March 27, 2006

Journalists traditionally earn a valuable fringe benefit: They always get an obituary when they croak, either by their paper’s obit writer or by someone else in the newsroom. Now think about your colleagues. Do you really trust those louts to write such an intimate piece about you?

Of course not — so here’s how to write your own obituary.

Obituaries have changed a lot in the last quarter of a century, mostly because of Jim Nicholson of the Philadelpha Daily News, who wrote feature obits on ordinary people chosen at random. Nicholson interviewed family and friends to extract telling details, rich anecdotes and character quotes. In an interview for “Best Newspaper Writing 1987,” I asked him how often he failed with such chancy and unlikely material. He replied, “If you’re a good enough reporter, everybody’s interesting.”

Nevertheless, most newspaper obits lack such human interest because the résumé gets in the way. Here’s Mel Mencher, telling beginners how to report for an obit, in his “News Reporting and Writing, 7th Edition”:

The following items are required in all obituaries:

  • Name, age, occupation and address of deceased.
  • Time, place and cause of death.
  • Birthdate, birthplace.
  • Survivors. (Only immediate family.)
  • Memberships, military service.
  • Funeral and burial arrangements.

Many obituaries also will include:

  • Outstanding or interesting activities and achievements.
  • Memberships in fraternal, religious or civic organizations.
  • Service in armed forces.
  • Anecdotes and recollections of friends and relatives.

The interesting stuff comes last in this list of 10 categories, almost as an afterthought: “Many obituaries also will include…” By the time most writers get around to that final item, they’re out of time and space and energy. And one more interesting life ends up flattened by data.

The secret of fascinating obits is pushing the résumé into the background.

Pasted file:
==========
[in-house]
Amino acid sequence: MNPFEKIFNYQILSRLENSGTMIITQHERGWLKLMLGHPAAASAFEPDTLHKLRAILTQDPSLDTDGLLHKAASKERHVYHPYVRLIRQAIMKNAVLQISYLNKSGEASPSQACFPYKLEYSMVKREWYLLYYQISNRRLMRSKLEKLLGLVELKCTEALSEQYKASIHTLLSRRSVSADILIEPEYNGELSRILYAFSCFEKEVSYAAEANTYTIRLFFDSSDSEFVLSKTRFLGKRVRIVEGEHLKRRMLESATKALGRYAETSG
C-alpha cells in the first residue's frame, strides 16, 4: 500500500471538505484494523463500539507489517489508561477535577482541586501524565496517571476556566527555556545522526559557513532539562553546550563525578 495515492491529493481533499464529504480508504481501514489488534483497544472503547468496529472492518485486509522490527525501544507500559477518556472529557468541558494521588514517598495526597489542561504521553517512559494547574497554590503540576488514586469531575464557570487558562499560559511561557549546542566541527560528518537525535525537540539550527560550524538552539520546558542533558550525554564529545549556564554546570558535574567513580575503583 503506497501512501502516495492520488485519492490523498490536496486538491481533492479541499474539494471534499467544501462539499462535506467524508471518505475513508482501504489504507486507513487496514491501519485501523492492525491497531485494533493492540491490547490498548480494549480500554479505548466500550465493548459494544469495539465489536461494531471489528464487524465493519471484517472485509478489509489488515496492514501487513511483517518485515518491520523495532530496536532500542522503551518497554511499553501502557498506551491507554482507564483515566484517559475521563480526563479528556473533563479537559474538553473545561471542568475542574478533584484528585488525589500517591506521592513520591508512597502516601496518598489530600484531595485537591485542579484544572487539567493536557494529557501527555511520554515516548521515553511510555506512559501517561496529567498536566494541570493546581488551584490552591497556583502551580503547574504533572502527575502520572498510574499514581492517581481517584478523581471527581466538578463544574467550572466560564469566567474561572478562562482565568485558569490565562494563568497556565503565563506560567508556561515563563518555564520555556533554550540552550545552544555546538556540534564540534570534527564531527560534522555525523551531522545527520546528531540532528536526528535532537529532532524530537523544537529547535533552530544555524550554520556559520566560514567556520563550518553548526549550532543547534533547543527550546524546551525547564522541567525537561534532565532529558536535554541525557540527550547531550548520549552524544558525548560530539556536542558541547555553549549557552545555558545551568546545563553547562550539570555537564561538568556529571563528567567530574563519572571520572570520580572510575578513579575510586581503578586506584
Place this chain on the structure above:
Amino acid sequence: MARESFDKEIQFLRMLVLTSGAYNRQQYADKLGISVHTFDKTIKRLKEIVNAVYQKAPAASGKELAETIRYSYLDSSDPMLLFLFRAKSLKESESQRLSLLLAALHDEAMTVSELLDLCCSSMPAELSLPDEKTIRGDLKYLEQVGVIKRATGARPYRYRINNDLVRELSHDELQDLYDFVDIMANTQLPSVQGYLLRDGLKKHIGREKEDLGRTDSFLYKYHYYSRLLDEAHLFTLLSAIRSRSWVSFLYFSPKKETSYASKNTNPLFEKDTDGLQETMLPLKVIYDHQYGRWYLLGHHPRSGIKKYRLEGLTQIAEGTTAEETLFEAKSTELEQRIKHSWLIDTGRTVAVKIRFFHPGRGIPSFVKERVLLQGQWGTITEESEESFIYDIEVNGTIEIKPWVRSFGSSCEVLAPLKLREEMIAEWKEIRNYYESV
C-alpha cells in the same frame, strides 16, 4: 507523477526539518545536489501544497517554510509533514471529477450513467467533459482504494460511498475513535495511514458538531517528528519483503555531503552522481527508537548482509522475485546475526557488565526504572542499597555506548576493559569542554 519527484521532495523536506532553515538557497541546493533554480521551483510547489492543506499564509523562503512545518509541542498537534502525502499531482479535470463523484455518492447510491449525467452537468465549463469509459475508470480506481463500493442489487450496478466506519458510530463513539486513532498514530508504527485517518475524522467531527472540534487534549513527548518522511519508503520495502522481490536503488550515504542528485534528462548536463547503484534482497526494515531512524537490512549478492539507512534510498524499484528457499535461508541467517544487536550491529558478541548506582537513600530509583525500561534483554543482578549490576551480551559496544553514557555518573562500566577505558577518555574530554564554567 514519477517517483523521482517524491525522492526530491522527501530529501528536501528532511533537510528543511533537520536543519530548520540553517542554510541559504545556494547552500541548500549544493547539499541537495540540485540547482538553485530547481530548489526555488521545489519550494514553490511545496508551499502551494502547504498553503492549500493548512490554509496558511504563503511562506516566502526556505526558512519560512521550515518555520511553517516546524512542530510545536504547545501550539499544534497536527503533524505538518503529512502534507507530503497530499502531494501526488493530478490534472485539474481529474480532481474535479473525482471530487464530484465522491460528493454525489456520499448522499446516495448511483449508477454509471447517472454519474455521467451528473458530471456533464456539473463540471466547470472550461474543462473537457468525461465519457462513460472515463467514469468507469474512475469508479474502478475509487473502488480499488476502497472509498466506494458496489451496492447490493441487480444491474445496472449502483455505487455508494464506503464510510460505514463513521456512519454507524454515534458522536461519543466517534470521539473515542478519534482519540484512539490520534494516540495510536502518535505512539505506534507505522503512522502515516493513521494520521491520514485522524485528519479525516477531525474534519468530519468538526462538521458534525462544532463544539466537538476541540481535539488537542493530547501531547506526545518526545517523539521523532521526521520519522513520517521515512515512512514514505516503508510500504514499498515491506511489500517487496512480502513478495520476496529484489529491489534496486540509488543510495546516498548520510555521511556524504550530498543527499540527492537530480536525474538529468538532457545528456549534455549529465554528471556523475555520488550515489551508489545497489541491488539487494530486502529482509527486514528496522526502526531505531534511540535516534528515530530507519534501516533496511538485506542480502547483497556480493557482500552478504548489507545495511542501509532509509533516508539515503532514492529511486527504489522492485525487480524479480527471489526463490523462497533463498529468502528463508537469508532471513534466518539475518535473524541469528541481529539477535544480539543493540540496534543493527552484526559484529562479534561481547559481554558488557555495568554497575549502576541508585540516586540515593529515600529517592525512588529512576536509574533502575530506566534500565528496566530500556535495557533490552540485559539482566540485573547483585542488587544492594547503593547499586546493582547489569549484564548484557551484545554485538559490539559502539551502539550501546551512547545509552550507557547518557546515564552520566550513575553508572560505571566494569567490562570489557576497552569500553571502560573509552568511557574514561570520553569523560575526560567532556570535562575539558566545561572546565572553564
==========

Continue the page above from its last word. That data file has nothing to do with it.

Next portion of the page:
The secret of fascinating obits is pushing the résumé into the background. Here’s how: First, you type the data
into a box, and then write the body text from the “anecdotes and
recollections.” You poke some of the boxed facts into the text as necessary; you can’t retell an anecdote about military life without framing it with the military service record. The most advanced obituaries nowadays print the box, the body text and a picture, preferably of the person in action, not an airbrushed college head shot when the subject dies at 83.

How to Do It…

Here’s how to write your own state-of-the-art obituary, assuming, of course, that someone else will finish it.

1.) BOX List this data in a text box:

  • Your name, age, occupation and address
  • Your date and place of birth
  • Your memberships and military service
  • Fraternal, religious and civic organizations you belonged to
  • Your family, both deceased and surviving
  • Any funeral and burial arrangements already made

2.) SOURCE MATERIAL List these items elsewhere:

  • Your activities and achievements
  • Your favorite anecdotes and recollections about you

3.) CORE Write a few rich paragraphs in the third person, answering this question: “What do I want people to remember about me?”

4.) LEAD Write a short lead announcing your death and telling the reader what you and this obituary are about.

5.) SECONDARY Select your “source material”
rigorously, and write a few paragraphs from whatever survives. Arrange
these paragraphs around your core.

6.) RESUME Copy selected items, such as survivors, from the box to the text.

7.) ENDING By now, an ending will occur to you, so type it.

8.) POLISH Cut the text by 20 percent, repair the
transitions, read aloud and revise. Write “DRAFT” and the date at the
top, and give appropriate people a copy.

Remember how Stanley Walker ended his famous 1924 paragraph on the ideal journalist: “When he dies, a lot of people are sorry, and some of them remember him for several days.” They may forget you, but if you write your own, your obit will live forever.

Don Fry, an affiliate of the Poynter Institute, works as an independent
writing coach out of Charlottesville, Va. Don has not written his own
obit, hoping that Roy Peter Clark will eventually write him a funny one.

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Represents the Poynter Institute at journalism organization meetings and conferences, National Writers' Workshops, and the Institute for Advancement of Journalism in South Africa. Helps writers…
Don Fry

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